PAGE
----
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Teen 'fearful' after portrayal as US bomber

Salah Eddin Barhoum, wrongfully labelled as Boston blasts suspect, says will not feel safe until bombers are caught.

Last Modified: 19 Apr 2013 10:20
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Barhoum said there were only two reasons he had been labelled a suspect: his bag and his brown skin [AP]

A teenager says he is scared to go outside after he was portrayed on the internet and on the front page of the New York Post as connected to the deadly Boston Marathon bombings.

Photos of Salah Eddin Barhoum, 17, and friend Yassine Zaime were posted on websites whose users have been scouring marathon-finish-line photos for suspects.

The two were also on the Post's front Thursday with the headline: "Bag men: Feds seek these two pictured at Boston Marathon."

The Post reported later on Thursday that the pair were not considered suspects, and the FBI has since identified two other men as suspects in Monday's bombings, which killed three people and injured more than 180.

But Barhoum, a track runner at Revere High School, said he was convinced some would blame him for the bombings, no matter what.

He said he was so fearful on Thursday that he ran back to the high school after a track meet when he saw a man in a car staring at him, talking into a phone.

Barhoum's father, El Houssein Barhoum, who moved his family from Morocco five years ago, said he was worried his son would be shot and fears for his wife and two young daughters.

He said he could not go to his job as a baker in Boston.

In a statement, Col Allan, New York Post editor, said: "We stand by our story. The image was emailed to law enforcement agencies yesterday afternoon seeking information about these men, as our story reported. We did not identify them as suspects.''

The photos show Barhoum with a black Nike athletic bag, wearing a blue and black track suit.

Zaime is carrying a black backpack, wearing a white cap and black track clothes.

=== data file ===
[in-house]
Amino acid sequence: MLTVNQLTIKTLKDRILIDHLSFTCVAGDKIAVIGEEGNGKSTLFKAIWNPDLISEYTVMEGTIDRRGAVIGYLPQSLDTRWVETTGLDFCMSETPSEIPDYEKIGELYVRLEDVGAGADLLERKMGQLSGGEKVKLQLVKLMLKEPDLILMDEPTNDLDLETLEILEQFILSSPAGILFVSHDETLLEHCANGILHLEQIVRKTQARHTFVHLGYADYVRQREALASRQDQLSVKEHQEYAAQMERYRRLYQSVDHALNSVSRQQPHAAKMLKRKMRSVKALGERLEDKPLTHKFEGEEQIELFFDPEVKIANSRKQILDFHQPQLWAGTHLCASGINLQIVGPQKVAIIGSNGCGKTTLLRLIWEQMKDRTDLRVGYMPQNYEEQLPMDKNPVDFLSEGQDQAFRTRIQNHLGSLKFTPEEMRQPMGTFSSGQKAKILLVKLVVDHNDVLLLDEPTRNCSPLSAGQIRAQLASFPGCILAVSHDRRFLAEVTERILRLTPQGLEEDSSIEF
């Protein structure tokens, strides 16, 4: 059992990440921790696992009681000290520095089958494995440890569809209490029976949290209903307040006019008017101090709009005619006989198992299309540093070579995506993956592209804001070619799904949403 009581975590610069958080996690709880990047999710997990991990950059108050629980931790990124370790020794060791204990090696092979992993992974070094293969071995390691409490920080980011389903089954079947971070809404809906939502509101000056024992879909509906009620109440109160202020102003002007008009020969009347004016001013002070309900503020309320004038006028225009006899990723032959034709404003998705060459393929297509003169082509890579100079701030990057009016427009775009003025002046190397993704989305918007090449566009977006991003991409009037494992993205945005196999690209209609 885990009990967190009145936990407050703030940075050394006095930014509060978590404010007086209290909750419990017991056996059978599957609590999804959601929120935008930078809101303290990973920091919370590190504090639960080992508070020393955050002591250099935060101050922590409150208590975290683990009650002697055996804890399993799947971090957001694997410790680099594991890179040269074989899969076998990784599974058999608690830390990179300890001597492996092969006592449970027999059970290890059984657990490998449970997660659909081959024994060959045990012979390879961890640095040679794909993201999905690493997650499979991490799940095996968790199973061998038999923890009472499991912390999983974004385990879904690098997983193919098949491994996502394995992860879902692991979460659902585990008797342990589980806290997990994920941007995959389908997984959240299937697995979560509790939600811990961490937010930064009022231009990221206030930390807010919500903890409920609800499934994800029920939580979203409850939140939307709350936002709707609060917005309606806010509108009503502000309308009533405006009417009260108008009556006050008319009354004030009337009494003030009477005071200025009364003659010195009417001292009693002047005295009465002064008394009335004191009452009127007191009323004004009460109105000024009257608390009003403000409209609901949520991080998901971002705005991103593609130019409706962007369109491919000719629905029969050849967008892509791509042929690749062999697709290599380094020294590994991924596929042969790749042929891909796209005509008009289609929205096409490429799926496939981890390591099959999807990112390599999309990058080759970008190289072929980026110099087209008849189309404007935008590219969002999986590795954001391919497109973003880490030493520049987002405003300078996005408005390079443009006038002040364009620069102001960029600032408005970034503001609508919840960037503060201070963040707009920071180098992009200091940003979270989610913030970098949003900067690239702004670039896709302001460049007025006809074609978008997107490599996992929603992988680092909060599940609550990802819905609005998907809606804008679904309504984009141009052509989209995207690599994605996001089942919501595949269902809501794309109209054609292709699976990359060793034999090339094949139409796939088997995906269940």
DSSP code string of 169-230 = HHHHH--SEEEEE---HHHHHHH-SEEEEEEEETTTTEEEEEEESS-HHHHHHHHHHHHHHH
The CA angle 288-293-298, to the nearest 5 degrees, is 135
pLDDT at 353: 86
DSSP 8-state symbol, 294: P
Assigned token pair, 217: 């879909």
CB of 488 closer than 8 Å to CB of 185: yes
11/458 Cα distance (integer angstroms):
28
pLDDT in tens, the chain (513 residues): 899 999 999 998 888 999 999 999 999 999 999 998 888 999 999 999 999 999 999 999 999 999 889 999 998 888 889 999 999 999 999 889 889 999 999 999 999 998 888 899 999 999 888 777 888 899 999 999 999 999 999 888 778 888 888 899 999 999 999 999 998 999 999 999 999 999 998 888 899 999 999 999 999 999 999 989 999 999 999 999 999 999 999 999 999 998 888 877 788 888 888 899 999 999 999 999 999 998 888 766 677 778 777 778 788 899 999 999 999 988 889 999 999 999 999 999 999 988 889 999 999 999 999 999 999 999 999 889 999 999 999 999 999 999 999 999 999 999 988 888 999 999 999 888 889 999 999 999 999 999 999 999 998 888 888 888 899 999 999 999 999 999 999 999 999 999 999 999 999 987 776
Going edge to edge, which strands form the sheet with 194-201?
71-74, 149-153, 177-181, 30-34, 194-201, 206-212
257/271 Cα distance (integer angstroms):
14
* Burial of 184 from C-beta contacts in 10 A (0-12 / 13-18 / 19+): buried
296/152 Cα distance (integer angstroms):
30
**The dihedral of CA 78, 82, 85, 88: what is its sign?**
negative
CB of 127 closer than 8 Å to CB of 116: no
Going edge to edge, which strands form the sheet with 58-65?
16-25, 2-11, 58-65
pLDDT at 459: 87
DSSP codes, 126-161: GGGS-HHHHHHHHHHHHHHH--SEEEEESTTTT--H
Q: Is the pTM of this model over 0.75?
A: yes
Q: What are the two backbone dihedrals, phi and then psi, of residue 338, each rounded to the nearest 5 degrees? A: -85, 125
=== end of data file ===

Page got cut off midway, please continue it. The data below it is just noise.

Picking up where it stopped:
Men with bags at the marathon have been a focus of Internet scrutiny, because officials believe that is how the bombers carried in the explosives.

Barhoum said there are only two reasons he has been labelled a suspect: His bag and his brown skin.

In running gear

Barhoum said he was at the marathon with Zaime, a friend from the running club, hoping to run a portion of it behind the official field. They took the subway, and Barhoum's bag was for his running gear.

But the pair got the address wrong and ended up at the finish line instead of where they wanted to start the race. Barhoum said they decided to stick around to see the top runners, then left.

Barhoum said that late on Wednesday, friends started flagging the online photos and commenters started their work.

He said he was so upset, he visited police early on Thursday to clear his name. He said they advised him to restrict access to his Facebook account.

When the Post published the photo later on Thursday, a bad situation got worse, Barhoum said.

"It hurts because the person who did it must be happy right now, looking at the people who are getting blamed,'' he said. "And I'm one of them.''

The Federal Bureau of Investigation  is also concerned about the online manhunt. 

Rick DesLauriers, FBI chief in Boston, made clear his frustration at the proliferation of amateur sleuthing that filled the vacuum of information from real investigators until Thursday.

Unveiling photos and videos of two suspects with black backpacks, one of whom was seen placing a bag at the scene of one of the blasts, he said: "These images should be the only ones ... that the public should view to assist us.

"Other photos should not be deemed credible. They unnecessarily divert the public's attention in the wrong direction and create undue work for vital law enforcement resources."

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